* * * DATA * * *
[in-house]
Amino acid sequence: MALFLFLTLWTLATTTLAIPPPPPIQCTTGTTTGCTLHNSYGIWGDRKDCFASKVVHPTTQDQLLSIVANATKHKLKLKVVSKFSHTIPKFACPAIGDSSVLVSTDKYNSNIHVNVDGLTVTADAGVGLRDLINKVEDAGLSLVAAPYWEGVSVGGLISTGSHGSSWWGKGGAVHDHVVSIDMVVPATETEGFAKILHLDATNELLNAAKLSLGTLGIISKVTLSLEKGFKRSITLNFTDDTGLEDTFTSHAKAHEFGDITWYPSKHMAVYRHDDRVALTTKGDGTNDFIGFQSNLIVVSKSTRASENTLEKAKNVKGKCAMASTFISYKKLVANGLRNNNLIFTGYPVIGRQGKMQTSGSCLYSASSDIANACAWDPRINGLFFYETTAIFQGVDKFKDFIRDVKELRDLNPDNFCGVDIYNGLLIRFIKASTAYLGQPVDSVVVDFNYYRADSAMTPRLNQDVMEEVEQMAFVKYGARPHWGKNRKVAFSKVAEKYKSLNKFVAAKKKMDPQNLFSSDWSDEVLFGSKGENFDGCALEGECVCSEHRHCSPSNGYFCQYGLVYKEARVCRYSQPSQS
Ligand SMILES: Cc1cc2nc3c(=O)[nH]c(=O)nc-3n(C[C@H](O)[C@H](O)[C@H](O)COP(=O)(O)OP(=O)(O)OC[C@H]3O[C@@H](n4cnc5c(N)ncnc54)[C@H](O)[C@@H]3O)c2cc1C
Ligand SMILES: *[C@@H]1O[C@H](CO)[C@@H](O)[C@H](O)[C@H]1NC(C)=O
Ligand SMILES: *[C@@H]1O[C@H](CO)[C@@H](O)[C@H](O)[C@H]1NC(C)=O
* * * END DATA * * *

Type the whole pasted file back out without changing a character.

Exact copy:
[in-house]
Amino acid sequence: MALFLFLTLWTLATTTLAIPPPPPIQCTTGTTTGCTLHNSYGIWGDRKDCFASKVVHPTTQDQLLSIVANATKHKLKLKVVSKFSHTIPKFACPAIGDSSVLVSTDKYNSNIHVNVDGLTVTADAGVGLRDLINKVEDAGLSLVAAPYWEGVSVGGLISTGSHGSSWWGKGGAVHDHVVSIDMVVPATETEGFAKILHLDATNELLNAAKLSLGTLGIISKVTLSLEKGFKRSITLNFTDDTGLEDTFTSHAKAHEFGDITWYPSKHMAVYRHDDRVALTTKGDGTNDFIGFQSNLIVVSKSTRASENTLEKAKNVKGKCAMASTFISYKKLVANGLRNNNLIFTGYPVIGRQGKMQTSGSCLYSASSDIANACAWDPRINGLFFYETTAIFQGVDKFKDFIRDVKELRDLNPDNFCGVDIYNGLLIRFIKASTAYLGQPVDSVVVDFNYYRADSAMTPRLNQDVMEEVEQMAFVKYGARPHWGKNRKVAFSKVAEKYKSLNKFVAAKKKMDPQNLFSSDWSDEVLFGSKGENFDGCALEGECVCSEHRHCSPSNGYFCQYGLVYKEARVCRYSQPSQS
Ligand SMILES: Cc1cc2nc3c(=O)[nH]c(=O)nc-3n(C[C@H](O)[C@H](O)[C@H](O)COP(=O)(O)OP(=O)(O)OC[C@H]3O[C@@H](n4cnc5c(N)ncnc54)[C@H](O)[C@@H]3O)c2cc1C
Ligand SMILES: *[C@@H]1O[C@H](CO)[C@@H](O)[C@H](O)[C@H]1NC(C)=O
Ligand SMILES: *[C@@H]1O[C@H](CO)[C@@H](O)[C@H](O)[C@H]1NC(C)=O